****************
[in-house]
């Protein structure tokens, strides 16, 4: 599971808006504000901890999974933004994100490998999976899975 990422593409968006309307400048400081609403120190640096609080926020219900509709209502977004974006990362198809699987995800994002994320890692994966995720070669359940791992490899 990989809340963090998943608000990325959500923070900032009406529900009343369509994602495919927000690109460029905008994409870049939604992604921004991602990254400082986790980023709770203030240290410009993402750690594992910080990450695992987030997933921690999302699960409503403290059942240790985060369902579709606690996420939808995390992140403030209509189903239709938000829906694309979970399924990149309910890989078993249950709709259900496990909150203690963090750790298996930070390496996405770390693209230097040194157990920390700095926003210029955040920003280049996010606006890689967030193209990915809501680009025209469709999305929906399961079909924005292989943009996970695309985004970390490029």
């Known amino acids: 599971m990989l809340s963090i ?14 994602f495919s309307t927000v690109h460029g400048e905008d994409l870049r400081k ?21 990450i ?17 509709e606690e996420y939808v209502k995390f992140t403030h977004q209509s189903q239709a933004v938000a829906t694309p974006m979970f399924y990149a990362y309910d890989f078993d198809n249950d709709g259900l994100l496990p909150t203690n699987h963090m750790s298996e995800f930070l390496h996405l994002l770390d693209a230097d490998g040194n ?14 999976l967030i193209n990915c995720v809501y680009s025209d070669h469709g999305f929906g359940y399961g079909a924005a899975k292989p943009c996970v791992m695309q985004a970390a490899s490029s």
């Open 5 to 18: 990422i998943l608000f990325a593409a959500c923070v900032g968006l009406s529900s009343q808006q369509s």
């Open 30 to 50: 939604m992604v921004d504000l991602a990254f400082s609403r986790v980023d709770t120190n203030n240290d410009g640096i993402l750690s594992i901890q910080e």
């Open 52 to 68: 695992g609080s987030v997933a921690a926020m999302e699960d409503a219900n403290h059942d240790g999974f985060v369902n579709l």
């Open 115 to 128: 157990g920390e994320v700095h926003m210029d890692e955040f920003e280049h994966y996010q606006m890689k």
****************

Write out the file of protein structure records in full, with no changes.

[in-house]
């Protein structure tokens, strides 16, 4: 599971808006504000901890999974933004994100490998999976899975 990422593409968006309307400048400081609403120190640096609080926020219900509709209502977004974006990362198809699987995800994002994320890692994966995720070669359940791992490899 990989809340963090998943608000990325959500923070900032009406529900009343369509994602495919927000690109460029905008994409870049939604992604921004991602990254400082986790980023709770203030240290410009993402750690594992910080990450695992987030997933921690999302699960409503403290059942240790985060369902579709606690996420939808995390992140403030209509189903239709938000829906694309979970399924990149309910890989078993249950709709259900496990909150203690963090750790298996930070390496996405770390693209230097040194157990920390700095926003210029955040920003280049996010606006890689967030193209990915809501680009025209469709999305929906399961079909924005292989943009996970695309985004970390490029």
């Known amino acids: 599971m990989l809340s963090i ?14 994602f495919s309307t927000v690109h460029g400048e905008d994409l870049r400081k ?21 990450i ?17 509709e606690e996420y939808v209502k995390f992140t403030h977004q209509s189903q239709a933004v938000a829906t694309p974006m979970f399924y990149a990362y309910d890989f078993d198809n249950d709709g259900l994100l496990p909150t203690n699987h963090m750790s298996e995800f930070l390496h996405l994002l770390d693209a230097d490998g040194n ?14 999976l967030i193209n990915c995720v809501y680009s025209d070669h469709g999305f929906g359940y399961g079909a924005a899975k292989p943009c996970v791992m695309q985004a970390a490899s490029s």
């Open 5 to 18: 990422i998943l608000f990325a593409a959500c923070v900032g968006l009406s529900s009343q808006q369509s």
């Open 30 to 50: 939604m992604v921004d504000l991602a990254f400082s609403r986790v980023d709770t120190n203030n240290d410009g640096i993402l750690s594992i901890q910080e």
């Open 52 to 68: 695992g609080s987030v997933a921690a926020m999302e699960d409503a219900n403290h059942d240790g999974f985060v369902n579709l």
């Open 115 to 128: 157990g920390e994320v700095h926003m210029d890692e955040f920003e280049h994966y996010q606006m890689k």